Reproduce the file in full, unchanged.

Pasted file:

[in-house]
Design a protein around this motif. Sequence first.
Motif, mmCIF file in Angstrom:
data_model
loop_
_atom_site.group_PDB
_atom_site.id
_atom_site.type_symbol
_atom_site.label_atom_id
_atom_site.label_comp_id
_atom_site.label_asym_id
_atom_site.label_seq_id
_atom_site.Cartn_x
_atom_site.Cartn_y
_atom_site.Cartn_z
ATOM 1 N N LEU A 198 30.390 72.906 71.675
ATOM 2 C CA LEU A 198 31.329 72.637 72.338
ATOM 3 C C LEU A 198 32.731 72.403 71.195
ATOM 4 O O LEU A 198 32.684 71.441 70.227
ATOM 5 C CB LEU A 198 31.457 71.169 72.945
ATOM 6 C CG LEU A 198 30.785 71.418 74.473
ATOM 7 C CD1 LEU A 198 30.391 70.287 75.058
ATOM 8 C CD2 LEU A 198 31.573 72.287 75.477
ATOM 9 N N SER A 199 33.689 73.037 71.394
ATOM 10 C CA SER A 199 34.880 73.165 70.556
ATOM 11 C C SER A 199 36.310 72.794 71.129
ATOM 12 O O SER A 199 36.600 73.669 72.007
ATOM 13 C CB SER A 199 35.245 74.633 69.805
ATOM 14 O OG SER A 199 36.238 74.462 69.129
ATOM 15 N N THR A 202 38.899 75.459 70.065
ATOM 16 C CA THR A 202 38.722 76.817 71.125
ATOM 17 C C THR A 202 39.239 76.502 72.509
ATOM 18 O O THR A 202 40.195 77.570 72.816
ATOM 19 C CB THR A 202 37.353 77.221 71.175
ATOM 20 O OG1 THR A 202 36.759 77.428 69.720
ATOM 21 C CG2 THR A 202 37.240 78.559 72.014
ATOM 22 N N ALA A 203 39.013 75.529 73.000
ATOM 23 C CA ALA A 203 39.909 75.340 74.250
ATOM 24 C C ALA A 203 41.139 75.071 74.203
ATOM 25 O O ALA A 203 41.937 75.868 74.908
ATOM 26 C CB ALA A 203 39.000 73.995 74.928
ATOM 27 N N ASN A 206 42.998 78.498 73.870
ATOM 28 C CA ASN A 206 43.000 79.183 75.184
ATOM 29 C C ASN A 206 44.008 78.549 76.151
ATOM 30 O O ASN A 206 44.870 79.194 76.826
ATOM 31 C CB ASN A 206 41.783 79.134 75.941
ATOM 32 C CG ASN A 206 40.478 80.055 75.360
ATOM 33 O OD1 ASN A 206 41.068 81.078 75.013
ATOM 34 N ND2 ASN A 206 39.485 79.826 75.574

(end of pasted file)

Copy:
[in-house]
Design a protein around this motif. Sequence first.
Motif, mmCIF file in Angstrom:
data_model
loop_
_atom_site.group_PDB
_atom_site.id
_atom_site.type_symbol
_atom_site.label_atom_id
_atom_site.label_comp_id
_atom_site.label_asym_id
_atom_site.label_seq_id
_atom_site.Cartn_x
_atom_site.Cartn_y
_atom_site.Cartn_z
ATOM 1 N N LEU A 198 30.390 72.906 71.675
ATOM 2 C CA LEU A 198 31.329 72.637 72.338
ATOM 3 C C LEU A 198 32.731 72.403 71.195
ATOM 4 O O LEU A 198 32.684 71.441 70.227
ATOM 5 C CB LEU A 198 31.457 71.169 72.945
ATOM 6 C CG LEU A 198 30.785 71.418 74.473
ATOM 7 C CD1 LEU A 198 30.391 70.287 75.058
ATOM 8 C CD2 LEU A 198 31.573 72.287 75.477
ATOM 9 N N SER A 199 33.689 73.037 71.394
ATOM 10 C CA SER A 199 34.880 73.165 70.556
ATOM 11 C C SER A 199 36.310 72.794 71.129
ATOM 12 O O SER A 199 36.600 73.669 72.007
ATOM 13 C CB SER A 199 35.245 74.633 69.805
ATOM 14 O OG SER A 199 36.238 74.462 69.129
ATOM 15 N N THR A 202 38.899 75.459 70.065
ATOM 16 C CA THR A 202 38.722 76.817 71.125
ATOM 17 C C THR A 202 39.239 76.502 72.509
ATOM 18 O O THR A 202 40.195 77.570 72.816
ATOM 19 C CB THR A 202 37.353 77.221 71.175
ATOM 20 O OG1 THR A 202 36.759 77.428 69.720
ATOM 21 C CG2 THR A 202 37.240 78.559 72.014
ATOM 22 N N ALA A 203 39.013 75.529 73.000
ATOM 23 C CA ALA A 203 39.909 75.340 74.250
ATOM 24 C C ALA A 203 41.139 75.071 74.203
ATOM 25 O O ALA A 203 41.937 75.868 74.908
ATOM 26 C CB ALA A 203 39.000 73.995 74.928
ATOM 27 N N ASN A 206 42.998 78.498 73.870
ATOM 28 C CA ASN A 206 43.000 79.183 75.184
ATOM 29 C C ASN A 206 44.008 78.549 76.151
ATOM 30 O O ASN A 206 44.870 79.194 76.826
ATOM 31 C CB ASN A 206 41.783 79.134 75.941
ATOM 32 C CG ASN A 206 40.478 80.055 75.360
ATOM 33 O OD1 ASN A 206 41.068 81.078 75.013
ATOM 34 N ND2 ASN A 206 39.485 79.826 75.574